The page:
Embarking on a long road trip with little ones can make even the most seasoned parents nervous. But having fun and keeping everyone entertained (without plugging in) is easier than you think. Here are 22 boredom-busting road trip activities and car games for kids to ensure backseat moaning and groaning are kept at bay. Screen-free fun for the win!
1. Plan it out. Before hitting the road, catalog the kitschy, weird, and wonderful sights to see along the route. World’s largest ball of twine, anyone? Wall Drug pit stop? You bet! Then, make sure to stop and gawk a while so the kids can stretch their legs and you can grab a few family selfies to post. Find memorable roadside attractions that made our list or choose your own landmarks.
2. Keep little hands busy. A toddler’s hands are best kept busy between those hypnotic highway naps. A large plastic yogurt container with a rectangle cut out of the top combined with a Tupperware full of colorful pom-poms—little hands love to stuff fuzzy balls into the container. Or, try threading oversized buttons onto a ribbon when the second wind hits.
3. Map out your trip. Pick up a few of the classic, old-school paper maps (one for each kid) and let them mark it up, highlight routes, check off milestones—whatever they’re interested in—as you go along your trip. It’s a great way to get them involved in the journey, instead of just focusing on the destination.
4. Play 20 Questions.
This classic road trip activity is easy even for your tiniest passenger. Make sure the answers are only yes or no and keep the answer simple for toddlers (in fact, give them a hint ahead of time: family pet, relative, favorite toy, etc.).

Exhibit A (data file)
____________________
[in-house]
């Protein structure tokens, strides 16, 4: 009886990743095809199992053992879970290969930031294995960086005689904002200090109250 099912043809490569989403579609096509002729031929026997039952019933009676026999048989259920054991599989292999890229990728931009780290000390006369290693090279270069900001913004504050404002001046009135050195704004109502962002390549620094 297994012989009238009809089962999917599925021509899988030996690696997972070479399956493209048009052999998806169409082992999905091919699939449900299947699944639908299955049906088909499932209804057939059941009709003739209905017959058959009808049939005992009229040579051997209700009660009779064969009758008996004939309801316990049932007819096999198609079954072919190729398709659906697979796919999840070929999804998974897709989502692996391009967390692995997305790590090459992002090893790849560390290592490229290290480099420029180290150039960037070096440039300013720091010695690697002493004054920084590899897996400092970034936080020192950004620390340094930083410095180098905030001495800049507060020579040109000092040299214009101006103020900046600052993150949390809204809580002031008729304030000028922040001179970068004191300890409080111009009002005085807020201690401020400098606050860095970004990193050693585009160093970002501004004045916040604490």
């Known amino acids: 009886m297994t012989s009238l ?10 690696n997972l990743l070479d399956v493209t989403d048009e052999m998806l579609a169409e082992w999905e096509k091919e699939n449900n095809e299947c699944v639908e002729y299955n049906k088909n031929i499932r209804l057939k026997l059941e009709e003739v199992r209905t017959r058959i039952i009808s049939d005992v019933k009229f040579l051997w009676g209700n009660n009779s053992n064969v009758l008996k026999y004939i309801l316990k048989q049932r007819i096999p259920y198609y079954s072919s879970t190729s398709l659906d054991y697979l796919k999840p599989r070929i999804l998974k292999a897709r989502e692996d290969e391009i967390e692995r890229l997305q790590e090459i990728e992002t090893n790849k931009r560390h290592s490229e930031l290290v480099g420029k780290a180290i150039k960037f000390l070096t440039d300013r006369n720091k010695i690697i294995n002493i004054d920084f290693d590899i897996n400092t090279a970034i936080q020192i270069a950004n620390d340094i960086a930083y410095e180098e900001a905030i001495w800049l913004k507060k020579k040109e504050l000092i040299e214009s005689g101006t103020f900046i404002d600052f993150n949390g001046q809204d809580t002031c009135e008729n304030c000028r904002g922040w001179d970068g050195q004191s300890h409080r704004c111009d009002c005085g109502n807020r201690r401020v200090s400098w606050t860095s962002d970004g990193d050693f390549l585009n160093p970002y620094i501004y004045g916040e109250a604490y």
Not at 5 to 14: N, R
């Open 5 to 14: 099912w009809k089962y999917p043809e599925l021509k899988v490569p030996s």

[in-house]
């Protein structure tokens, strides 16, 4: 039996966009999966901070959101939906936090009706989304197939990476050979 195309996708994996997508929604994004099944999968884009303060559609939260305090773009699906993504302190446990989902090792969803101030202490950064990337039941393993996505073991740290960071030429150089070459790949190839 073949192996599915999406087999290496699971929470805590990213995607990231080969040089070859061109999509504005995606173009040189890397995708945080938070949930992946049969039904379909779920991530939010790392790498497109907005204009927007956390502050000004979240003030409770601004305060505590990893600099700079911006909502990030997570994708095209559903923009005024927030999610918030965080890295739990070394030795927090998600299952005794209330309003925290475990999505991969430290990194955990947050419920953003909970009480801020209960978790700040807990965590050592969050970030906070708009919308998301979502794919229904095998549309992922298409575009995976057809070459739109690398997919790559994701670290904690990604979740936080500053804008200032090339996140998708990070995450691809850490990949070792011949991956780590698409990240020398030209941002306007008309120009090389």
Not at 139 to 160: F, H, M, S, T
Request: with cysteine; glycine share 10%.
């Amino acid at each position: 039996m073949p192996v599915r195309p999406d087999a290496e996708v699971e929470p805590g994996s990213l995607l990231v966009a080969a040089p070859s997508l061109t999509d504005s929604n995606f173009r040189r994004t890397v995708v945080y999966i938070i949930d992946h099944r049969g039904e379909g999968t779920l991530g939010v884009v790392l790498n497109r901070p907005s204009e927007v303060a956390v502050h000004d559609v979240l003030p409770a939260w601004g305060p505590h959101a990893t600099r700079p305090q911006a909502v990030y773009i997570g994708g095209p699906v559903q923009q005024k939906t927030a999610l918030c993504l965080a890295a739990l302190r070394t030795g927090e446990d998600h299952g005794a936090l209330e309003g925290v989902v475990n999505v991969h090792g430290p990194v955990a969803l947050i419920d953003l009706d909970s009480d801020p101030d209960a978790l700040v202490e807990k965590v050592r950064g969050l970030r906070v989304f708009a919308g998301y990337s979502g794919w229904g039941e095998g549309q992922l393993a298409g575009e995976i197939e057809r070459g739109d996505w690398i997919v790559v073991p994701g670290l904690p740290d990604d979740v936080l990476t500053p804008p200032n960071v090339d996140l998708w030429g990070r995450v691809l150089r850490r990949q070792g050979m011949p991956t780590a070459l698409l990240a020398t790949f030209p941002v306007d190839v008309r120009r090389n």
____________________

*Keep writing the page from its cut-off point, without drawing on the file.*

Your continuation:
9. Let them decide. Kids love having choices and getting involved in decisions. Give them an hour or so out of each day of your road trip and let them dictate where you stop and what you do (with certain limits, of course). It may mean taking a whole bunch of extra stops, but it’ll be worth it to keep the peace. Plus—sometimes it’s just fun to say yes a lot more than you say no.
10. Stick it up. When you see windows, think blank canvas for your littlest road trippers. Dollar Store gel clings and window markers work great when the only view around is farmland and open country. You can even break out a pack of removable stickers to kick it up a notch if you’re feeling brave.
11. Make them work. Okay, so maybe not work, but put the kids into action with a scavenger hunt—like this easy printable one from Schooling a Monkey. It’s a great road trip activity that keeps kids busy searching for water towers, purple cars, a flock of birds—you name it! Grab stickers to check off the squares as you go, then sit back and watch how excited your kids get when they spot things like farms and traffic signs.
12. Play the counting game.
From big rigs to farms or flags, there are things you can count on while driving. Let your kid decide, and you can even make this road trip activity more challenging by narrowing the category (red cars instead of any car).
13. Play classic road trip games. Three words: License Plate Game. Bring this vintage fave back into fashion with your mini crew. Find plates from all 50 states (C’mon Alaska and Hawaii!) or modify it into an alphabet game starting from A to Z, using the plates you pass along the interstate. See our other favorites here.